[FieldTrip] impact of skewed power distributions on data analysis

Teresa Madsen tmadsen at emory.edu
Mon Dec 12 17:23:34 CET 2016


While analyzing my data for the annual Society for Neuroscience meeting, I
developed a concern that was quickly validated by another poster (full
abstract copied and linked below) focusing on the root of the problem:
 neural oscillatory power is not normally distributed across time,
frequency, or space.  The specific problem I had encountered was in
baseline-correcting my experimental data, where, regardless of
cfg.baselinetype, ft_freqbaseline depends on the mean power over time.
However, I found that the distribution of raw power over time is so skewed
that the mean was not a reasonable approximation of the central tendency of
the baseline power, so it made most of my experimental data look like it
had decreased power compared to baseline.  The more I think about it, the
more I realize that averaging is everywhere in the way we analyze neural
oscillations (across time points, frequency bins, electrodes, trials,
subjects, etc.), and many of the standard statistics people use also rely
on assumptions of normality.

The most obvious solution for me was to log transform the data first, as it
appears to be fairly log normal, and I always use log-scale visualizations
anyway.  Erik Peterson, middle author on the poster, agreed that this would
at least "restore (some) symmetry to the error distribution."  I used a
natural log transform, sort of arbitrarily to differentiate from the
standard decibel transform included in FieldTrip as cfg.baselinetype =
'db'.  The following figures compare the 2 distributions across several
frequency bands (using power values from a wavelet spectrogram obtained
from a baseline LFP recorded in rat prelimbic cortex).  The lines at the
top represent the mean +/- one standard deviation for each frequency band,
and you can see how those descriptive stats are much more representative of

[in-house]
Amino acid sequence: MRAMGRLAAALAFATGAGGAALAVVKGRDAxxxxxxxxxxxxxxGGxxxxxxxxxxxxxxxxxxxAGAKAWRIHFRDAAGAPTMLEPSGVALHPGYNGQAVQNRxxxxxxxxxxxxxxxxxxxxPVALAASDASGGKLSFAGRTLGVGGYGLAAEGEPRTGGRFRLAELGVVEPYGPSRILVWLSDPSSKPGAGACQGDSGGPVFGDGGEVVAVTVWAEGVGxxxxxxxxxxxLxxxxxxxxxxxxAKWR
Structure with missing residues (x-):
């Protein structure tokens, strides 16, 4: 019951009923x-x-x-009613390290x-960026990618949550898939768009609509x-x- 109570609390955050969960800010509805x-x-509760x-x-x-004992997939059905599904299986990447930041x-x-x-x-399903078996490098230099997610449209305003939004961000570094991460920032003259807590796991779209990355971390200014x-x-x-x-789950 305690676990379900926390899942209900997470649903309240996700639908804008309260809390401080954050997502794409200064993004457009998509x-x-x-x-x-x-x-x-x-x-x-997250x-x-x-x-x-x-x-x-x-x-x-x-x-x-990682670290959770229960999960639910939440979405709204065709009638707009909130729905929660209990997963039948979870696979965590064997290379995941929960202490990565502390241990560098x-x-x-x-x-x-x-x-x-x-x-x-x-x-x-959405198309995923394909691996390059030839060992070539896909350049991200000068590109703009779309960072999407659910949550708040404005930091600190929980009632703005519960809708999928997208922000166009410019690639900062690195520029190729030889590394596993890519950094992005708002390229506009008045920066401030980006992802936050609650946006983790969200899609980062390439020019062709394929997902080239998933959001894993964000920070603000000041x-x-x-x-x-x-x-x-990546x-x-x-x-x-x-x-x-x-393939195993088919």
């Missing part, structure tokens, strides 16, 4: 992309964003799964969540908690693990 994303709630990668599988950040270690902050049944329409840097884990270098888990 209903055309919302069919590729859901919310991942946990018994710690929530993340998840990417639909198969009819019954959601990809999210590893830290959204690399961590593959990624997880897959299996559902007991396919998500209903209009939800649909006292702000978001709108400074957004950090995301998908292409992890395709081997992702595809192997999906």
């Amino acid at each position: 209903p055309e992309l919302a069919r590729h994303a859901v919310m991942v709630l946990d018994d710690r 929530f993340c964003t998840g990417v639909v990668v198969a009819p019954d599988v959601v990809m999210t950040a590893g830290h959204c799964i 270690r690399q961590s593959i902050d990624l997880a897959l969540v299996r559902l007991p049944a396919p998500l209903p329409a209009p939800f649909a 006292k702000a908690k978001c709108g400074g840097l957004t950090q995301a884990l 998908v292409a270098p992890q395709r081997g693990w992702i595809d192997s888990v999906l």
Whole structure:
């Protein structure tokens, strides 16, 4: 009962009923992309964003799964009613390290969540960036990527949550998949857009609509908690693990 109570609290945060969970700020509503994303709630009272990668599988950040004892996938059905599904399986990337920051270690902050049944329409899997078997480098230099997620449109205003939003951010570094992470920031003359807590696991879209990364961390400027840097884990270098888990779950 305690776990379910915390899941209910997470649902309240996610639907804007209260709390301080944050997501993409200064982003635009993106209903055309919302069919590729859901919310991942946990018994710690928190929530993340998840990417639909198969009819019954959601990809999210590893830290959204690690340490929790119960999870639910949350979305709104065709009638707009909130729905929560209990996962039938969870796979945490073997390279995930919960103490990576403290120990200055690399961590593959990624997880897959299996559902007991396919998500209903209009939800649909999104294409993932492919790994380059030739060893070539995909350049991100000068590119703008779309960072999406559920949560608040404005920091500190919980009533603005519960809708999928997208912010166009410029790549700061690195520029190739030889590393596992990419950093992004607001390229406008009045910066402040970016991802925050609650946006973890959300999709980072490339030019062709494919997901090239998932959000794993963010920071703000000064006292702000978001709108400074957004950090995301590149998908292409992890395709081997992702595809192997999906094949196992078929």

the actual distributions in the log scale.

For my analysis, I also calculated a z-score on the log transformed power
to assess how my experimental data compared to the variability of the noise
in a long baseline recording from before conditioning, rather than a short
pre-trial baseline period, since I find that more informative than any of
FieldTrip's built-in baseline types.  I'm happy to share the custom
functions I wrote for this if people think it would be a useful addition to
FieldTrip.  I can also share more about my analysis and/or a copy of the
poster, if anyone wants more detail - I just didn't want to make this email
too big.

Mostly, I'm just hoping to start some discussion here as to how to address
this.  I searched the wiki
<http://www.fieldtriptoolbox.org/development/zscores>, listserv
and bugzilla <http://bugzilla.fieldtriptoolbox.org/show_bug.cgi?id=1574> for
anything related and came up with a few topics surrounding normalization
and baseline correction, but only skirting this issue.  It seems important,
so I want to find out whether others agree with my approach or already have
other ways of avoiding the problem, and whether FieldTrip's code needs to
be changed or just documentation added, or what?

Thanks for any insights,

271.03 / LLL17 - Neural oscillatory power is not Gaussian distributed
across time <http://www.abstractsonline.com/pp8/#!/4071/presentation/24150>
Cognitive Sci., UCSD, San Diego, CADisclosures *L. Izhikevich:* None. *E.
Peterson:* None. *B. Voytek:* None.AbstractNeural oscillations are
important in organizing activity across the human brain in healthy
cognition, while oscillatory disruptions are linked to numerous disease
states. Oscillations are known to vary by frequency and amplitude across
time and between different brain regions; however, this variability has
never been well characterized. We examined human and animal EEG, LFP, MEG,
and ECoG data from over 100 subjects to analyze the distribution of power
and frequency across time, space and species. We report that between data
types, subjects, frequencies, electrodes, and time, an inverse power law,
or negative exponential distribution, is present in all recordings. This is
contrary to, and not compatible with, the Gaussian noise assumption made in
many digital signal processing techniques. The statistical assumptions
underlying common algorithms for power spectral estimation, such as Welch's
method, are being violated resulting in non-trivial misestimates of
oscillatory power. Different statistical approaches are warranted.

Teresa E. Madsen, PhD
Research Technical Specialist:  *in vivo *electrophysiology & data analysis
Division of Behavioral Neuroscience and Psychiatric Disorders
Yerkes National Primate Research Center
Emory University
Rainnie Lab, NSB 5233
954 Gatewood Rd. NE
Atlanta, GA 30329
(770) 296-9119
braingirl at gmail.com
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